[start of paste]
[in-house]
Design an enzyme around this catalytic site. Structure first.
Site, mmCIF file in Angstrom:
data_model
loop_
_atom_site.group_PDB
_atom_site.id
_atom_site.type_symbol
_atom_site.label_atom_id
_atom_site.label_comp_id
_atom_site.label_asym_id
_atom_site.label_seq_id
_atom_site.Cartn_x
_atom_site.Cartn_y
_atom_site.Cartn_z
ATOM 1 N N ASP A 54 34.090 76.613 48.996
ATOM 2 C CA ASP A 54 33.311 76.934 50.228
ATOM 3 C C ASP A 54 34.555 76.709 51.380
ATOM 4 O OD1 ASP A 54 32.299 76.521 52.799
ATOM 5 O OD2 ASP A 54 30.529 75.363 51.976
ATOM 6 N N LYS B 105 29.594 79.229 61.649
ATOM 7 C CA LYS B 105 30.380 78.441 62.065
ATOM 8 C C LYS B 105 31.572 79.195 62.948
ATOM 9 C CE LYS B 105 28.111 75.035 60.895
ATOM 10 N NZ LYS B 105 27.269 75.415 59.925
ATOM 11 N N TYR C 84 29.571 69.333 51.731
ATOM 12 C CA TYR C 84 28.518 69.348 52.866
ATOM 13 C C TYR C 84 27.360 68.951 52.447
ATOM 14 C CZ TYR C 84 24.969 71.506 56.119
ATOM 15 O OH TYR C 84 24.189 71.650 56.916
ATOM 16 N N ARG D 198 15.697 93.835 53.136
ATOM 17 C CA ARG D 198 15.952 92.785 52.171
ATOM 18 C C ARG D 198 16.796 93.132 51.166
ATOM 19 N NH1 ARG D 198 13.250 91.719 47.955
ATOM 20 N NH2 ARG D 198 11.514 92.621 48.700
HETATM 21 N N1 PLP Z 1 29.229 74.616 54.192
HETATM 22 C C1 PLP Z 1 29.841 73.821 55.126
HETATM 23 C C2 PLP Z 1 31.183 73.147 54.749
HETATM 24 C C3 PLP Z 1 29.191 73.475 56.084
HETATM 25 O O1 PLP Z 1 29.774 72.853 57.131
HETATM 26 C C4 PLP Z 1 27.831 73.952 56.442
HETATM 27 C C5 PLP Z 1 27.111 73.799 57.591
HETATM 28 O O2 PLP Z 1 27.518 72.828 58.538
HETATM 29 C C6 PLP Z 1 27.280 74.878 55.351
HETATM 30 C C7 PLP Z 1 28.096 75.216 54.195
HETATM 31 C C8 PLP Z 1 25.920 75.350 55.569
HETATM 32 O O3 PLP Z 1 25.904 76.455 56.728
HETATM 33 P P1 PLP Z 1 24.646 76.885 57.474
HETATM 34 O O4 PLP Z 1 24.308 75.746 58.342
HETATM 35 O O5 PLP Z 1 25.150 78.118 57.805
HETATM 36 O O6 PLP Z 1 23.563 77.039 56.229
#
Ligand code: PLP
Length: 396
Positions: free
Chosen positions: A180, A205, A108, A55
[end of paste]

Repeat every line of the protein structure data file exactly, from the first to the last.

[in-house]
Design an enzyme around this catalytic site. Structure first.
Site, mmCIF file in Angstrom:
data_model
loop_
_atom_site.group_PDB
_atom_site.id
_atom_site.type_symbol
_atom_site.label_atom_id
_atom_site.label_comp_id
_atom_site.label_asym_id
_atom_site.label_seq_id
_atom_site.Cartn_x
_atom_site.Cartn_y
_atom_site.Cartn_z
ATOM 1 N N ASP A 54 34.090 76.613 48.996
ATOM 2 C CA ASP A 54 33.311 76.934 50.228
ATOM 3 C C ASP A 54 34.555 76.709 51.380
ATOM 4 O OD1 ASP A 54 32.299 76.521 52.799
ATOM 5 O OD2 ASP A 54 30.529 75.363 51.976
ATOM 6 N N LYS B 105 29.594 79.229 61.649
ATOM 7 C CA LYS B 105 30.380 78.441 62.065
ATOM 8 C C LYS B 105 31.572 79.195 62.948
ATOM 9 C CE LYS B 105 28.111 75.035 60.895
ATOM 10 N NZ LYS B 105 27.269 75.415 59.925
ATOM 11 N N TYR C 84 29.571 69.333 51.731
ATOM 12 C CA TYR C 84 28.518 69.348 52.866
ATOM 13 C C TYR C 84 27.360 68.951 52.447
ATOM 14 C CZ TYR C 84 24.969 71.506 56.119
ATOM 15 O OH TYR C 84 24.189 71.650 56.916
ATOM 16 N N ARG D 198 15.697 93.835 53.136
ATOM 17 C CA ARG D 198 15.952 92.785 52.171
ATOM 18 C C ARG D 198 16.796 93.132 51.166
ATOM 19 N NH1 ARG D 198 13.250 91.719 47.955
ATOM 20 N NH2 ARG D 198 11.514 92.621 48.700
HETATM 21 N N1 PLP Z 1 29.229 74.616 54.192
HETATM 22 C C1 PLP Z 1 29.841 73.821 55.126
HETATM 23 C C2 PLP Z 1 31.183 73.147 54.749
HETATM 24 C C3 PLP Z 1 29.191 73.475 56.084
HETATM 25 O O1 PLP Z 1 29.774 72.853 57.131
HETATM 26 C C4 PLP Z 1 27.831 73.952 56.442
HETATM 27 C C5 PLP Z 1 27.111 73.799 57.591
HETATM 28 O O2 PLP Z 1 27.518 72.828 58.538
HETATM 29 C C6 PLP Z 1 27.280 74.878 55.351
HETATM 30 C C7 PLP Z 1 28.096 75.216 54.195
HETATM 31 C C8 PLP Z 1 25.920 75.350 55.569
HETATM 32 O O3 PLP Z 1 25.904 76.455 56.728
HETATM 33 P P1 PLP Z 1 24.646 76.885 57.474
HETATM 34 O O4 PLP Z 1 24.308 75.746 58.342
HETATM 35 O O5 PLP Z 1 25.150 78.118 57.805
HETATM 36 O O6 PLP Z 1 23.563 77.039 56.229
#
Ligand code: PLP
Length: 396
Positions: free
Chosen positions: A180, A205, A108, A55